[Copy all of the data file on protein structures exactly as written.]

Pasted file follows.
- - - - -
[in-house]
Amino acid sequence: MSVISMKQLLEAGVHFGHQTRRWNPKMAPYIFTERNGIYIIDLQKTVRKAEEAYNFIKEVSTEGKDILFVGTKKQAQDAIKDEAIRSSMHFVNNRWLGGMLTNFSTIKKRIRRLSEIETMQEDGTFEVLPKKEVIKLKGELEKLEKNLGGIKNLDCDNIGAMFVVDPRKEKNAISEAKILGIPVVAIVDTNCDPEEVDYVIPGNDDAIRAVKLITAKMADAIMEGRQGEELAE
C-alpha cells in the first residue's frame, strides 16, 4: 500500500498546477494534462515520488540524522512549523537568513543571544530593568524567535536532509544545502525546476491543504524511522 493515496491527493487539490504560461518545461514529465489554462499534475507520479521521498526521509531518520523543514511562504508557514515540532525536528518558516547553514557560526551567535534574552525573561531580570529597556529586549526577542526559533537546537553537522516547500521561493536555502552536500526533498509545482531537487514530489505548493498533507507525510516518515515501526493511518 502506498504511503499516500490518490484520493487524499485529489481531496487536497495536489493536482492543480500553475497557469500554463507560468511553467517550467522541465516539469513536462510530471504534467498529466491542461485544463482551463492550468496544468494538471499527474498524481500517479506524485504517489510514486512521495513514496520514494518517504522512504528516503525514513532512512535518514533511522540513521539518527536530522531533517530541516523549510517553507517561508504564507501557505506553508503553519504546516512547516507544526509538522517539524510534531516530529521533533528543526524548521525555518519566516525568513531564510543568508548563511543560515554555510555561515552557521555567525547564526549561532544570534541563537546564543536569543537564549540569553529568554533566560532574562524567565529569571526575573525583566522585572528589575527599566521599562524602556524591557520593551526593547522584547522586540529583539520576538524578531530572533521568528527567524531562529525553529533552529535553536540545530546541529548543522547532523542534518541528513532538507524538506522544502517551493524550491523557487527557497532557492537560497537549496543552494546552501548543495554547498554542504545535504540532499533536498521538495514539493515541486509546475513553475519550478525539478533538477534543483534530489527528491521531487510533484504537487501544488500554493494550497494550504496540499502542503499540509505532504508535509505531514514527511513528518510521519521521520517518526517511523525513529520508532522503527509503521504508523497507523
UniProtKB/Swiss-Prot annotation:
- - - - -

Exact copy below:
[in-house]
Amino acid sequence: MSVISMKQLLEAGVHFGHQTRRWNPKMAPYIFTERNGIYIIDLQKTVRKAEEAYNFIKEVSTEGKDILFVGTKKQAQDAIKDEAIRSSMHFVNNRWLGGMLTNFSTIKKRIRRLSEIETMQEDGTFEVLPKKEVIKLKGELEKLEKNLGGIKNLDCDNIGAMFVVDPRKEKNAISEAKILGIPVVAIVDTNCDPEEVDYVIPGNDDAIRAVKLITAKMADAIMEGRQGEELAE
C-alpha cells in the first residue's frame, strides 16, 4: 500500500498546477494534462515520488540524522512549523537568513543571544530593568524567535536532509544545502525546476491543504524511522 493515496491527493487539490504560461518545461514529465489554462499534475507520479521521498526521509531518520523543514511562504508557514515540532525536528518558516547553514557560526551567535534574552525573561531580570529597556529586549526577542526559533537546537553537522516547500521561493536555502552536500526533498509545482531537487514530489505548493498533507507525510516518515515501526493511518 502506498504511503499516500490518490484520493487524499485529489481531496487536497495536489493536482492543480500553475497557469500554463507560468511553467517550467522541465516539469513536462510530471504534467498529466491542461485544463482551463492550468496544468494538471499527474498524481500517479506524485504517489510514486512521495513514496520514494518517504522512504528516503525514513532512512535518514533511522540513521539518527536530522531533517530541516523549510517553507517561508504564507501557505506553508503553519504546516512547516507544526509538522517539524510534531516530529521533533528543526524548521525555518519566516525568513531564510543568508548563511543560515554555510555561515552557521555567525547564526549561532544570534541563537546564543536569543537564549540569553529568554533566560532574562524567565529569571526575573525583566522585572528589575527599566521599562524602556524591557520593551526593547522584547522586540529583539520576538524578531530572533521568528527567524531562529525553529533552529535553536540545530546541529548543522547532523542534518541528513532538507524538506522544502517551493524550491523557487527557497532557492537560497537549496543552494546552501548543495554547498554542504545535504540532499533536498521538495514539493515541486509546475513553475519550478525539478533538477534543483534530489527528491521531487510533484504537487501544488500554493494550497494550504496540499502542503499540509505532504508535509505531514514527511513528518510521519521521520517518526517511523525513529520508532522503527509503521504508523497507523
UniProtKB/Swiss-Prot annotation: